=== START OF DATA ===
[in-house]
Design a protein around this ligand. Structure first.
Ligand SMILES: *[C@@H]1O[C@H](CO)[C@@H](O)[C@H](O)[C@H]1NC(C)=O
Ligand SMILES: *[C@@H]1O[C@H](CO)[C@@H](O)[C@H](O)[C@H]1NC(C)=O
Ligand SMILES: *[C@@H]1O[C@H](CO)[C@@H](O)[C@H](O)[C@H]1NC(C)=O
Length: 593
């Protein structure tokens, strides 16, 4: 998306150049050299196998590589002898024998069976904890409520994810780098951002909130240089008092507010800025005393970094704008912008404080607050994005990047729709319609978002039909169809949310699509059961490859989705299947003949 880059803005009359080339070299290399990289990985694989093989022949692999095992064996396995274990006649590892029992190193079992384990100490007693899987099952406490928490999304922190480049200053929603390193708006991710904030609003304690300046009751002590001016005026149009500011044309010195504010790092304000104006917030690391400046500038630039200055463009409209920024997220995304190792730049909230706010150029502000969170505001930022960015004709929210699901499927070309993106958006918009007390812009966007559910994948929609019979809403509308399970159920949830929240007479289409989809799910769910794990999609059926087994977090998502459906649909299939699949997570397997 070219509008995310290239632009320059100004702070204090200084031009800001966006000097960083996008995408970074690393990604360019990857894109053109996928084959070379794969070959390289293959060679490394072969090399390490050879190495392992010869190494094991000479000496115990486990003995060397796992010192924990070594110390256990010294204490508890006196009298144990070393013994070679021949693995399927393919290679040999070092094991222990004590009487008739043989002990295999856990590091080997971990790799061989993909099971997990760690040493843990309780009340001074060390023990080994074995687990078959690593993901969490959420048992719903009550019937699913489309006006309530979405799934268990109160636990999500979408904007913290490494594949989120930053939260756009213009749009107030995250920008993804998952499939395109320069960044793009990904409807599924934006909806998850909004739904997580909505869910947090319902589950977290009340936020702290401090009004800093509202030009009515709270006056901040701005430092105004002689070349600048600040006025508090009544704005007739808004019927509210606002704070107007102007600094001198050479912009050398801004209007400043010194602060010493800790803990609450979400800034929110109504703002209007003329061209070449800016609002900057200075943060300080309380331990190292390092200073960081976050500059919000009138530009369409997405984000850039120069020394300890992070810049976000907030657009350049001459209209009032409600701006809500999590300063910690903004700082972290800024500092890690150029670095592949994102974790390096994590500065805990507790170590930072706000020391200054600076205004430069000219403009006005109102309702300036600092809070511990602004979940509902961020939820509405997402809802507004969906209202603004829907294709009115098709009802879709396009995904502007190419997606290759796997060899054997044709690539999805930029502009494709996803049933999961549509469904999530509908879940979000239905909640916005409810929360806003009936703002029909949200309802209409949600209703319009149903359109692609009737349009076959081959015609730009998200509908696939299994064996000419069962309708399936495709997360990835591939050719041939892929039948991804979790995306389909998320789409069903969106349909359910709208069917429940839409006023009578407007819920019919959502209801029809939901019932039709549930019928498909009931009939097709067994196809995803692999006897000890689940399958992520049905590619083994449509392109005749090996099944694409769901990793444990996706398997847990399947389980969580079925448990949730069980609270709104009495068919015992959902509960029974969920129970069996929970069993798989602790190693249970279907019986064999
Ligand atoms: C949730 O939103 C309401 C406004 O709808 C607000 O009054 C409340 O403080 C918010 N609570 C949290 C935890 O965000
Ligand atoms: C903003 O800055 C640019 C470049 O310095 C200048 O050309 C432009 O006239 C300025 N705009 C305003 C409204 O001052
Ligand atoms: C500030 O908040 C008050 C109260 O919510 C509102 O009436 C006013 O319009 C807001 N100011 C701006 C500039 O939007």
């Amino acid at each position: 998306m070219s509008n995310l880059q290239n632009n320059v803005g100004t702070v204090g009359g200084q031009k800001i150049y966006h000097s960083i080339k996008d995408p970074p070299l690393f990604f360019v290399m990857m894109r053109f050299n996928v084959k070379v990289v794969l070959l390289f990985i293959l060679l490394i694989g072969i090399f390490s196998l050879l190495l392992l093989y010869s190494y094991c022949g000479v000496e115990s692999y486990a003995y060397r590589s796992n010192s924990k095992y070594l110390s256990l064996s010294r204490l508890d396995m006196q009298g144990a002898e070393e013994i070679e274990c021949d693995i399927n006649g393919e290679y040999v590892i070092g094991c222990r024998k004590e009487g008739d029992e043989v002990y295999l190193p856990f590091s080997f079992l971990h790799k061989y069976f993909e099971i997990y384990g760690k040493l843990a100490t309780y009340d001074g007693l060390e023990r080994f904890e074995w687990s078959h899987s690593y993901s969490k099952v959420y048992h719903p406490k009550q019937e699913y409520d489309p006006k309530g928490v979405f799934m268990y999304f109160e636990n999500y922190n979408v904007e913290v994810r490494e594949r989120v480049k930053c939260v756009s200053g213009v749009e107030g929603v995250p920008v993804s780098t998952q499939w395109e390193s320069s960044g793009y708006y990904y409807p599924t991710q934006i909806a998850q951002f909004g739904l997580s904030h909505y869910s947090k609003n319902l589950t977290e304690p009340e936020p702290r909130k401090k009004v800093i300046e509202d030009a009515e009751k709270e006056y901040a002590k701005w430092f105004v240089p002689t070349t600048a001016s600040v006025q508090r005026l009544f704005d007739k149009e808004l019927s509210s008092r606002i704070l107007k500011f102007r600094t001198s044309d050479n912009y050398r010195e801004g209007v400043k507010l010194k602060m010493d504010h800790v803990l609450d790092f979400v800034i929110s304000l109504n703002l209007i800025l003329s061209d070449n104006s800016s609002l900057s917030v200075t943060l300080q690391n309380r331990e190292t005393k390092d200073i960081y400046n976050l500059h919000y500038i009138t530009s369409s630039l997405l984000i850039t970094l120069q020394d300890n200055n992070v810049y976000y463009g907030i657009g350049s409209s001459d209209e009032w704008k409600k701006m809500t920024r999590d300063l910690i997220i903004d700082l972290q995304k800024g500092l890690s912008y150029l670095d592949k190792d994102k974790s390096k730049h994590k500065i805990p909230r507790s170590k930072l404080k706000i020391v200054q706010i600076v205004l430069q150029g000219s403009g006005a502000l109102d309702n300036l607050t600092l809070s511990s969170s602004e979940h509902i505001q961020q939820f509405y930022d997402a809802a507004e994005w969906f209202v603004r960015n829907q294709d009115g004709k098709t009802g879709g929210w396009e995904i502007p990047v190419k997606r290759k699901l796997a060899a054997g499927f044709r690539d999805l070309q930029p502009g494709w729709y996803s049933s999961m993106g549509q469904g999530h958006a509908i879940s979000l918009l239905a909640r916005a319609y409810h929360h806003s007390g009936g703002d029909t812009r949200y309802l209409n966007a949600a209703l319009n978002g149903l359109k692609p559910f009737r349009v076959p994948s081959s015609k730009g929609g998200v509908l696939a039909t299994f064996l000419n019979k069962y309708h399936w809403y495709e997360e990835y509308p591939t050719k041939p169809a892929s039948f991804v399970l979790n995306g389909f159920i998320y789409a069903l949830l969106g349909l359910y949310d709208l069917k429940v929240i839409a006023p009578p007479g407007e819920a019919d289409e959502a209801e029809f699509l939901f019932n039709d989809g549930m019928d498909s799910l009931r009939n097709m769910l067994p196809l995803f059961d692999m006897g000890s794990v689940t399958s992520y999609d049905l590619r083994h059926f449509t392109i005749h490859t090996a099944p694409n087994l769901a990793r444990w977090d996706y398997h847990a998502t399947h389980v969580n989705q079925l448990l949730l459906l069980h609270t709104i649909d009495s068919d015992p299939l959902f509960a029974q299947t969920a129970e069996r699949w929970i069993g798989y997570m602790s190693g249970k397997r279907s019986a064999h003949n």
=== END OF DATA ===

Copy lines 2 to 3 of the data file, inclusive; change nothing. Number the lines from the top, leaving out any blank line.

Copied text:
Design a protein around this ligand. Structure first.
Ligand SMILES: *[C@@H]1O[C@H](CO)[C@@H](O)[C@H](O)[C@H]1NC(C)=O